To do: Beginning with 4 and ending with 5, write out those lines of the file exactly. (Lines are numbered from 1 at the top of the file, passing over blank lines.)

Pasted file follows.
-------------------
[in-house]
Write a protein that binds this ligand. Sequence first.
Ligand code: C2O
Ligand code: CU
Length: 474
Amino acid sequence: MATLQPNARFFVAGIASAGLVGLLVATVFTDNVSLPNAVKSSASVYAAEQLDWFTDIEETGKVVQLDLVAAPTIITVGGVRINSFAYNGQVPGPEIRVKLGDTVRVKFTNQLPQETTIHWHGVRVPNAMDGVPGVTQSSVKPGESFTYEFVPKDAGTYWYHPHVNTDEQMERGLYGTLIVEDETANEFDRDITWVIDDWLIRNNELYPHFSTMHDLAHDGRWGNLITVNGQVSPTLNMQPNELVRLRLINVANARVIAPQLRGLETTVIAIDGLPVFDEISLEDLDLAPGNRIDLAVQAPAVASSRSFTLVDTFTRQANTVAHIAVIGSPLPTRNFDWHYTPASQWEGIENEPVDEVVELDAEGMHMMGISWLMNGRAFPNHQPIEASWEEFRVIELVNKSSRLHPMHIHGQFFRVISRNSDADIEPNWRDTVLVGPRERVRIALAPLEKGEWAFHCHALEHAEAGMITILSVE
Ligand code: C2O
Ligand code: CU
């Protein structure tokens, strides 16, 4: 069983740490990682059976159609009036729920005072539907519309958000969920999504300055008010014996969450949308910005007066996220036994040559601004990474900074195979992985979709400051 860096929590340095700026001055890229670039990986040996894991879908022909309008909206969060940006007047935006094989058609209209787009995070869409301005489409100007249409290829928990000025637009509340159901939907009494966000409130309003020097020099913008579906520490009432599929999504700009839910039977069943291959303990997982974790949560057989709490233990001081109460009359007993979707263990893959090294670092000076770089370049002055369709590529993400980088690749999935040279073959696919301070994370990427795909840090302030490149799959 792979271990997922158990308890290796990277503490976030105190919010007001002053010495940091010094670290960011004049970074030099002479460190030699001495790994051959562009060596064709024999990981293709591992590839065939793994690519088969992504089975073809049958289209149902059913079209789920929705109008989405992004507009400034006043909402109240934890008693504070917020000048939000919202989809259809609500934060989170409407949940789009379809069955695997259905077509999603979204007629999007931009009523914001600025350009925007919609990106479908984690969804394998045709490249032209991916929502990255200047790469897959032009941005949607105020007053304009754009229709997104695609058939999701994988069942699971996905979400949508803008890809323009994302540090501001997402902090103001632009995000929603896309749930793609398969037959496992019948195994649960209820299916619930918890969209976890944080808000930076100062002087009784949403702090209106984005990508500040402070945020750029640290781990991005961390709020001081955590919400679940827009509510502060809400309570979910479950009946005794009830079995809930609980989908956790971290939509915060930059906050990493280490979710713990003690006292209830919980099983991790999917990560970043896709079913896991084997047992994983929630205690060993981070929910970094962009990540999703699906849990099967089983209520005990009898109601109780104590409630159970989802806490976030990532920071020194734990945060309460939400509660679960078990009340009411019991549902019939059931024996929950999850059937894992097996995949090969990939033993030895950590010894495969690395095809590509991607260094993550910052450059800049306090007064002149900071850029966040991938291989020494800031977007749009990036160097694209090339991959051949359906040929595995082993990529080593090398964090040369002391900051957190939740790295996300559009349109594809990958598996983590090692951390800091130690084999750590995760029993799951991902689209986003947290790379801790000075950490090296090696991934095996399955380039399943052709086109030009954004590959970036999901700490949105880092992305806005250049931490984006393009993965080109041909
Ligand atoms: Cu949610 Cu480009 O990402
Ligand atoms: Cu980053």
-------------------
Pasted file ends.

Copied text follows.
Ligand code: CU
Length: 474